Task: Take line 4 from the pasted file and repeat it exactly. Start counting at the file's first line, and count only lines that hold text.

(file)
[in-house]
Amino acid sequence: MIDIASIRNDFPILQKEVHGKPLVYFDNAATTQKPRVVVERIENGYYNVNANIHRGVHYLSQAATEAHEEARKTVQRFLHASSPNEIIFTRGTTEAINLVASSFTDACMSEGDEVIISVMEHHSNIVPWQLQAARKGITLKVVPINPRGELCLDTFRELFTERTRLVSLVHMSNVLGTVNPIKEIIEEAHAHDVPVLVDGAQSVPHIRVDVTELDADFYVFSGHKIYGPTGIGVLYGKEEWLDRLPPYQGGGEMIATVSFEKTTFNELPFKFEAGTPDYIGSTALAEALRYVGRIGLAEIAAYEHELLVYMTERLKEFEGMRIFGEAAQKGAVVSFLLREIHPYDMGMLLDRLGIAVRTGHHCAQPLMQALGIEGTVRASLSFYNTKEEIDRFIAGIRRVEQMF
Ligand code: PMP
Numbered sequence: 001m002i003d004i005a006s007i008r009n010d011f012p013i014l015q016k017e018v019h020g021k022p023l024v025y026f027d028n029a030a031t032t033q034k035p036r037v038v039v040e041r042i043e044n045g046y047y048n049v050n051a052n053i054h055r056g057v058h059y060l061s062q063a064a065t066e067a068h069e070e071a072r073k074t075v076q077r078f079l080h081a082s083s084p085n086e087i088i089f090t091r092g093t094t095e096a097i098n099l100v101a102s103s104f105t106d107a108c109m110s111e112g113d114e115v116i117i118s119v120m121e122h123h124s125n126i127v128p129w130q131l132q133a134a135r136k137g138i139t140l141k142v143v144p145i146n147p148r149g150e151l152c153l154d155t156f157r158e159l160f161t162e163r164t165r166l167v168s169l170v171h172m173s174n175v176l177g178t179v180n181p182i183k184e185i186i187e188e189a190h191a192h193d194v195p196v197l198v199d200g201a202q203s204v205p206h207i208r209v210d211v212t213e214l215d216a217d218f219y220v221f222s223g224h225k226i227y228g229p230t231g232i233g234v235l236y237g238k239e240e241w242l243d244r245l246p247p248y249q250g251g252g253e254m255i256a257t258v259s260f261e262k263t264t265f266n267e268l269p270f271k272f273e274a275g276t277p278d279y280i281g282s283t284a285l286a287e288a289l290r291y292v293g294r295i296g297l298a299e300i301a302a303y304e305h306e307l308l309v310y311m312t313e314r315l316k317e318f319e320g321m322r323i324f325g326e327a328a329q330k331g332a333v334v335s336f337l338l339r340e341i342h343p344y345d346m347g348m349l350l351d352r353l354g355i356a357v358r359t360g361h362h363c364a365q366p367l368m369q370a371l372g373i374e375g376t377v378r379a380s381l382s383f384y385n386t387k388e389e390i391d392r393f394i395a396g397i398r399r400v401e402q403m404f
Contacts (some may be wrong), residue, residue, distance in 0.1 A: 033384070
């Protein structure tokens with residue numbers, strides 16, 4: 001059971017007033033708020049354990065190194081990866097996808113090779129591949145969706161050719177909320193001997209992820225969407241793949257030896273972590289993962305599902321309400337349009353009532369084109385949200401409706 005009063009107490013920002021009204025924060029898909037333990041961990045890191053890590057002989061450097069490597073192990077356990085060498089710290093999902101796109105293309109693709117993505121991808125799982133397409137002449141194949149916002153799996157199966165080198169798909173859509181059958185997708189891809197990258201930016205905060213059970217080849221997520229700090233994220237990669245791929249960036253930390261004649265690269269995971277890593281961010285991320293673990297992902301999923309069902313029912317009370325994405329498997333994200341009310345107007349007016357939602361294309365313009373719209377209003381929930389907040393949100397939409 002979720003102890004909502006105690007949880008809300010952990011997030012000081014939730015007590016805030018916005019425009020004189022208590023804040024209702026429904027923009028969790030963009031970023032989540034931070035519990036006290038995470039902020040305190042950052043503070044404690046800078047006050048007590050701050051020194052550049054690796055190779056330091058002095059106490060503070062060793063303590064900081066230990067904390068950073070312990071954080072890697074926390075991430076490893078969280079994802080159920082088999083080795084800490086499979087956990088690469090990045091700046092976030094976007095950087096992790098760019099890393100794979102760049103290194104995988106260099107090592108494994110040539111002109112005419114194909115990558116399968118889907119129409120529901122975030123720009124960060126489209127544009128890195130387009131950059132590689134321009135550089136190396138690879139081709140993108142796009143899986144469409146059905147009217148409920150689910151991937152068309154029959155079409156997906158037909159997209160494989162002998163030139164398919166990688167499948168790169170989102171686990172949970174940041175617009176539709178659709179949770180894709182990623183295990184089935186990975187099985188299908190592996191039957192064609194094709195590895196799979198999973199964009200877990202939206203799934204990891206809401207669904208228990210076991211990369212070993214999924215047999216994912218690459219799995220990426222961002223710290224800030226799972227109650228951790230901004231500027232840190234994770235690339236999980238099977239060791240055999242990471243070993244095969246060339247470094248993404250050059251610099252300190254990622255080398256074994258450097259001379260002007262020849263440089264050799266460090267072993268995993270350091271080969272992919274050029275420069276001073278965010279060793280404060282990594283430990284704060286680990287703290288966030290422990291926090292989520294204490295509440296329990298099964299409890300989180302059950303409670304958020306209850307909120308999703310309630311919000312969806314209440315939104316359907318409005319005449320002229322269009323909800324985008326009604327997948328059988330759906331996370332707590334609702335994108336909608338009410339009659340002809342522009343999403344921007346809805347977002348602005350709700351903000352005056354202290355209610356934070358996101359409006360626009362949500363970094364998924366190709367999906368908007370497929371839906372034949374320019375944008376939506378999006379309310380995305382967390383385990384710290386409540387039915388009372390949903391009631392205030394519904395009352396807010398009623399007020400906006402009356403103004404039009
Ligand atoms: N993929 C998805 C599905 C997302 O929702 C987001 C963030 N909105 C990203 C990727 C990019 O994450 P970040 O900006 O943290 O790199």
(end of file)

Numbered sequence: 001m002i003d004i005a006s007i008r009n010d011f012p013i014l015q016k017e018v019h020g021k022p023l024v025y026f027d028n029a030a031t032t033q034k035p036r037v038v039v040e041r042i043e044n045g046y047y048n049v050n051a052n053i054h055r056g057v058h059y060l061s062q063a064a065t066e067a068h069e070e071a072r073k074t075v076q077r078f079l080h081a082s083s084p085n086e087i088i089f090t091r092g093t094t095e096a097i098n099l100v101a102s103s104f105t106d107a108c109m110s111e112g113d114e115v116i117i118s119v120m121e122h123h124s125n126i127v128p129w130q131l132q133a134a135r136k137g138i139t140l141k142v143v144p145i146n147p148r149g150e151l152c153l154d155t156f157r158e159l160f161t162e163r164t165r166l167v168s169l170v171h172m173s174n175v176l177g178t179v180n181p182i183k184e185i186i187e188e189a190h191a192h193d194v195p196v197l198v199d200g201a202q203s204v205p206h207i208r209v210d211v212t213e214l215d216a217d218f219y220v221f222s223g224h225k226i227y228g229p230t231g232i233g234v235l236y237g238k239e240e241w242l243d244r245l246p247p248y249q250g251g252g253e254m255i256a257t258v259s260f261e262k263t264t265f266n267e268l269p270f271k272f273e274a275g276t277p278d279y280i281g282s283t284a285l286a287e288a289l290r291y292v293g294r295i296g297l298a299e300i301a302a303y304e305h306e307l308l309v310y311m312t313e314r315l316k317e318f319e320g321m322r323i324f325g326e327a328a329q330k331g332a333v334v335s336f337l338l339r340e341i342h343p344y345d346m347g348m349l350l351d352r353l354g355i356a357v358r359t360g361h362h363c364a365q366p367l368m369q370a371l372g373i374e375g376t377v378r379a380s381l382s383f384y385n386t387k388e389e390i391d392r393f394i395a396g397i398r399r400v401e402q403m404f